ROYAL FAMILY COAT OF ARMS
The imperial coat of arms was first used as an insignia of the personal standard of the royal prince of the United Kingdom of Portugal, Brazil and Algarves, created by the French painter Jean Baptiste Debret at the request of D. Pedro de Alcântara, already as prince-regent.
The title had been created by his father, D. João VI, to indicate the apparent heirs of the Portuguese throne, replacing the old title of prince of Brazil.
Very little time has elapsed between the creation of the princely standard and Brazil's declaration of independence.
Between September and December 1822, the coat of arms was topped by a royal crown, since it was planned to maintain the condition of Brazil as a kingdom, albeit an independent one.
Only with the consecration of D. Pedro as emperor, at the end of that year, which was replaced by an imperial crown.
The Coat of Arms of the Empire of Brazil was made official by an imperial decree dated September 18, 1822.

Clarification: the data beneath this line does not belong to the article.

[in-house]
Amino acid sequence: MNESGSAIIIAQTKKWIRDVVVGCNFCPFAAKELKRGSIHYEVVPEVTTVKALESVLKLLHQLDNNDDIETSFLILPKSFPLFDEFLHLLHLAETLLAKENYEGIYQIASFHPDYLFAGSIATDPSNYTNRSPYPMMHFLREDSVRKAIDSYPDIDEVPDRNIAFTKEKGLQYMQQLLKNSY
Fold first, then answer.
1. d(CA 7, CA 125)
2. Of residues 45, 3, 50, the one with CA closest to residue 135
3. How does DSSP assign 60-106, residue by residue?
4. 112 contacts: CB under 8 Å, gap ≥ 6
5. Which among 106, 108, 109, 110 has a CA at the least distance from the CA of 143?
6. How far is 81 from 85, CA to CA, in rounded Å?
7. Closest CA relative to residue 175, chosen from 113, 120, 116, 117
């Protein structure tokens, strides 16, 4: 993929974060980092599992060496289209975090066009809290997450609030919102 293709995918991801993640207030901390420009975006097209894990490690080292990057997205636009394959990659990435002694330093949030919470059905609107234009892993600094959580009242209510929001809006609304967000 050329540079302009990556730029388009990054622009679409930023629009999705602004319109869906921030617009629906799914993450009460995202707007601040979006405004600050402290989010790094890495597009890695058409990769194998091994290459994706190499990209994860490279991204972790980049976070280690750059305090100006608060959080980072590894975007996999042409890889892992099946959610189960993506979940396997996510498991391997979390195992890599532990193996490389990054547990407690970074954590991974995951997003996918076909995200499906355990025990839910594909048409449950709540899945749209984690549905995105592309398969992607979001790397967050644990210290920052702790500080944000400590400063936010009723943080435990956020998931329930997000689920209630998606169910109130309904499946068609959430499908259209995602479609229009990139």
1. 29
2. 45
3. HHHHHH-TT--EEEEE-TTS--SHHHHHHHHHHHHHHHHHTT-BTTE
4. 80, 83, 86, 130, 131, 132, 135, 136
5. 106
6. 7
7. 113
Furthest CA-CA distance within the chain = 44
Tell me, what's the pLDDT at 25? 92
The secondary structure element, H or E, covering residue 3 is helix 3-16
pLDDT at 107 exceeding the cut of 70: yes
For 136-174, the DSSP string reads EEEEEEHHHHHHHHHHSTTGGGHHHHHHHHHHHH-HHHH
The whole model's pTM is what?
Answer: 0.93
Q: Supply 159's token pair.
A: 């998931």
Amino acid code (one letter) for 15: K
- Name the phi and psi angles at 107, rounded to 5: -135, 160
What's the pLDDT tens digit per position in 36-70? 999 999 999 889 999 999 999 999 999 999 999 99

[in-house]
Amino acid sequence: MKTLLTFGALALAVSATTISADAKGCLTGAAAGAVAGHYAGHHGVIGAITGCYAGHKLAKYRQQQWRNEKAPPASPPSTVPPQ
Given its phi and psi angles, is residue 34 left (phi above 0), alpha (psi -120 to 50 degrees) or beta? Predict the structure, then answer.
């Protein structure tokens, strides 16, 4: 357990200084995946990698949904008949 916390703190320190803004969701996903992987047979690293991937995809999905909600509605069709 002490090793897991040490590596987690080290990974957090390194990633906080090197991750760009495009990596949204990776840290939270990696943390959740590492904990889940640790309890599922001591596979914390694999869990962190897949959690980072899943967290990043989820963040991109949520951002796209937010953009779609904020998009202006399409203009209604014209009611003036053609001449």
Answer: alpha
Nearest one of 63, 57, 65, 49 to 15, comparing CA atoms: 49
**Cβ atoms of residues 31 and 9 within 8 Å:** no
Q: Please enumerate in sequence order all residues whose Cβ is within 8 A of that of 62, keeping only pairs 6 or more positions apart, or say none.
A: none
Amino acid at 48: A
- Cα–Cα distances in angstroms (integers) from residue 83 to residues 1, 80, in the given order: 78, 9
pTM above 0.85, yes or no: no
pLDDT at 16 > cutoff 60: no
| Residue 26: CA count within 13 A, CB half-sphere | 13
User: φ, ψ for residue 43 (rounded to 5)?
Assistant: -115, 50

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The coat of arms kept several Lusitanian elements, denoting the historical link that was still recognized with the old metropolis.
The armillary sphere, used since the 17th century in the personal standard of the princes of Brazil, was maintained as the emblem of the country . In fact, the combination of the cross of the Order of Christ under the armillary sphere had been used in Brazil since at least 1700, on the obverse of the coins minted in Salvador, when the colony was elevated to a principality.
As an innovation, it is customary to present the blue silver-rimmed listel, loaded with nineteen equally silver stars, representing the provinces of that time.
Other sources say, however, that this solution found to symbolize the provinces of Brazil had already been used in a work: the cover of the church of São Francisco de Assis, in Ouro Preto, sculpted by Aleijadinho at least forty years before Independence.
See below the symbols that make up the Coat of Arms of the Empire of Brazil.